The study of international relations has grown throughout time in importance. The developing trend of increasing interaction between different nations across the world compels one to have a strong understanding of international relations. As nations proceed to sustain their interests in interacting with one another, studying international relations becomes more compelling. This study explains the key benefits of international relations as an essential field of study. For one to have a complete understanding of the continuously globalizing status quo, one should have ideas on the kind of benefits studying international relations confer.
International relations concerns most about the nature of the globalized status quo, in which different nations interact with one another to pursue their interests without any potential conflict. Two key areas emphasize the study of international relations – the need to understand it as a field of study and the need to apply it in policymaking.
Understanding International Relations
It is beneficial to gain a wide understanding of international relations, especially with the phenomenon of globalization in full swing. It is hard to ignore the fact that nations constantly involve themselves in various modes of interaction so that they could collectively pursue their interests. Knowing how the globalized world works requires the perusal of established theoretical perspectives that enables one to understand international relations – realism, liberalism and constructivism (Walt, 1998).
Realism. Increased interconnectivity between various actors in a multiparty setting entails one to become highly concerned with the way others work. The same is highly manifested in the realm of international relations through realism, which closes in on the premise that nations remain keen on meeting self-interests in the midst of the globalized world. While standing on pessimistic grounds, realism focuses on the possibility that nations cooperate with one another only as a matter of pursuing their own goals in the most uncompromising manner possible. Aggression, however, is a key strategic component of other nations that wish to strengthen their stand towards a particular political position. The realist paradigm features the fact of anxiety among nations on the possibility of warfare breaking out while resolving that through holding talks with one another on a periodic basis. Security prevails as the most important factor under realism, since nations mulling over the possibility of warfare always seek to protect themselves from any outside threat. Understanding international relations through the lens of realism could thus help in terms of determining possible outcomes and tension between several nations on particular issues given its focus on threatening possibilities. To this end, cooperation (or lack thereof) stands as just among the possible means of every nation for the sake of preserving their interests (Doyle, 1997; Walt, 1998).
Liberalism. One could conceive the globalized world optimistically as one that features genuine cooperation between nations. Different from the pessimist perspective that realism holds, liberalism notes the importance of sustaining interests shared by nations across the globe, in view of the economic realities characterized by globalization. With the assumption that nations hold different interests, liberal thinking in international relations promotes the importance of security against the adverse effects of competition between different states. Nations could not avoid engaging in competition due to their varied international interests that may overlap one another. Thus, it is important for nations to create efforts to ensure peaceful and stable relation with one another. Negotiations stand at the forefront of liberal thinking in international relations, emphasizing that there are available resolutions for nations entrenched in interest-driven conflict. The realist idea of lenience towards possible warfare does not hold primacy in liberalism, which instead focuses on resolving interactions than preventing armed trouble. Cooperation, in this case, stands as the key measure of international relations notwithstanding individual reservations each nation possesses (Doyle and Ikenberry, 1997; Walt, 1998).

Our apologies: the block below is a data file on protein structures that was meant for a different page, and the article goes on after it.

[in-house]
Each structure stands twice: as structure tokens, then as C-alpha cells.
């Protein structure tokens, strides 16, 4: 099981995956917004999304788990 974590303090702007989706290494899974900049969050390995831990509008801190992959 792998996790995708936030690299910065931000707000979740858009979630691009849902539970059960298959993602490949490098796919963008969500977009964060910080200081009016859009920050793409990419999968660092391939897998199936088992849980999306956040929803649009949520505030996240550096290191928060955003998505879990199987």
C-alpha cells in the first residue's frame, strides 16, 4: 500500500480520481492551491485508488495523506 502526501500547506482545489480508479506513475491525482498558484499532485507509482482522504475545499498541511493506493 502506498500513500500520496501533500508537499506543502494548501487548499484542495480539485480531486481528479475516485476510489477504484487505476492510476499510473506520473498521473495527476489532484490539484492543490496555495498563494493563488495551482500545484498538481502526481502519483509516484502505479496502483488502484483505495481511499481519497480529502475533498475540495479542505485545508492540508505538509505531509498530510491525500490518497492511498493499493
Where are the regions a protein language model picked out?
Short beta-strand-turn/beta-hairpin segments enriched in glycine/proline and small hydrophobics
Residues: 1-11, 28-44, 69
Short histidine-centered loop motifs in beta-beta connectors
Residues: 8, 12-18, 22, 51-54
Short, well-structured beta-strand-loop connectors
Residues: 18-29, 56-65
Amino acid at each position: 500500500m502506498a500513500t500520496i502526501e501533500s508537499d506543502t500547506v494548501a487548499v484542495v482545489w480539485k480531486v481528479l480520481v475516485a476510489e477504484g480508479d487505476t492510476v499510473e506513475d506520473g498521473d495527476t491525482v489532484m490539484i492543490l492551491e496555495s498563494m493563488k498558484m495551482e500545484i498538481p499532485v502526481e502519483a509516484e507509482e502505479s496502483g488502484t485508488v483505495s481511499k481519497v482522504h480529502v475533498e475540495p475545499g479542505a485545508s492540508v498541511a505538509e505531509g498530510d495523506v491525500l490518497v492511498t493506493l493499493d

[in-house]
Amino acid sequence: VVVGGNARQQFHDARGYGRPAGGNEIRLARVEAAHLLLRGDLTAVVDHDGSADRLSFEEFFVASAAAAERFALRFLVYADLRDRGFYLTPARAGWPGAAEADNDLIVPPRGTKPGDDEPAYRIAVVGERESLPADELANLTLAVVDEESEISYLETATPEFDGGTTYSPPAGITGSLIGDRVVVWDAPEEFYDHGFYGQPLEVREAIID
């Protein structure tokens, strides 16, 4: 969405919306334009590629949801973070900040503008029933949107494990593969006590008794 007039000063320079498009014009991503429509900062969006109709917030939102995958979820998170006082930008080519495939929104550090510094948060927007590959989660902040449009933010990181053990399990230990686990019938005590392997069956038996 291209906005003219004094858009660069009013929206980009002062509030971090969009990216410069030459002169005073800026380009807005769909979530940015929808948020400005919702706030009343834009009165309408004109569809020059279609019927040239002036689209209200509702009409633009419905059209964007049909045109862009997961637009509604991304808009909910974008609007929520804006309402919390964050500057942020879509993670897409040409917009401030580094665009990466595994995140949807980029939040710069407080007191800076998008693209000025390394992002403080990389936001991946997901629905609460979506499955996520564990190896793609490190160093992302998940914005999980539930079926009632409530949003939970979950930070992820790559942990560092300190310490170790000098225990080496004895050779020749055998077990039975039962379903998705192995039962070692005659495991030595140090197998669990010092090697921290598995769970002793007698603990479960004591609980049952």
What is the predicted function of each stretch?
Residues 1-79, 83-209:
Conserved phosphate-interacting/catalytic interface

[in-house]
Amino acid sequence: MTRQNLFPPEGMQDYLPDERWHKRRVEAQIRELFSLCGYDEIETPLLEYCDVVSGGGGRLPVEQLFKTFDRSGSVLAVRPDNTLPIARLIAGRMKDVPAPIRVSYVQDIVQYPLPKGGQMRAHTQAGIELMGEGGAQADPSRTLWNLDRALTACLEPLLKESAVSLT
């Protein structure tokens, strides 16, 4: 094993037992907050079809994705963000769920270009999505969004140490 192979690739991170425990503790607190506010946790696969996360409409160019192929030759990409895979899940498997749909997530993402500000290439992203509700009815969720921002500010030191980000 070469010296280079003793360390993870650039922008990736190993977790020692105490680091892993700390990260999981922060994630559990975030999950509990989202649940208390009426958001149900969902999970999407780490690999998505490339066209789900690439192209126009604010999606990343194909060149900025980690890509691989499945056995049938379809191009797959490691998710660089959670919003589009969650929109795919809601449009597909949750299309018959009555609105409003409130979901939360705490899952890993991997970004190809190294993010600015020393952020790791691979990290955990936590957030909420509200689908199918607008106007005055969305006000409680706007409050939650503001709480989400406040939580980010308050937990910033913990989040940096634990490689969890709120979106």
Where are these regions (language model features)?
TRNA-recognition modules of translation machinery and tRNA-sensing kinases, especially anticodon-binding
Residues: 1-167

Constructivism. Every actor within an environment featuring interactions derives influence from the factors that shape their identity. The same applies to international relations, wherein constructivist applications tend to discuss the interests of nations based on their identities. At the same time, constructivism recognizes that nations fluidly change their identities and interests as time goes by, and that such change has significant effects on international relations. In that sense, history and sociology explain the construction of aspects pertaining to international relations. Changes in society throughout history help explain present outcomes within the realm of international relations. The self-interested nature of nations under realism and cooperation under liberalism are both constructs of society under constructivism. Verily, constructivism focuses on possible changes in the realm of international relations, heralding neither realism nor liberalism as standards (Doyle, 1997; Walt, 1998).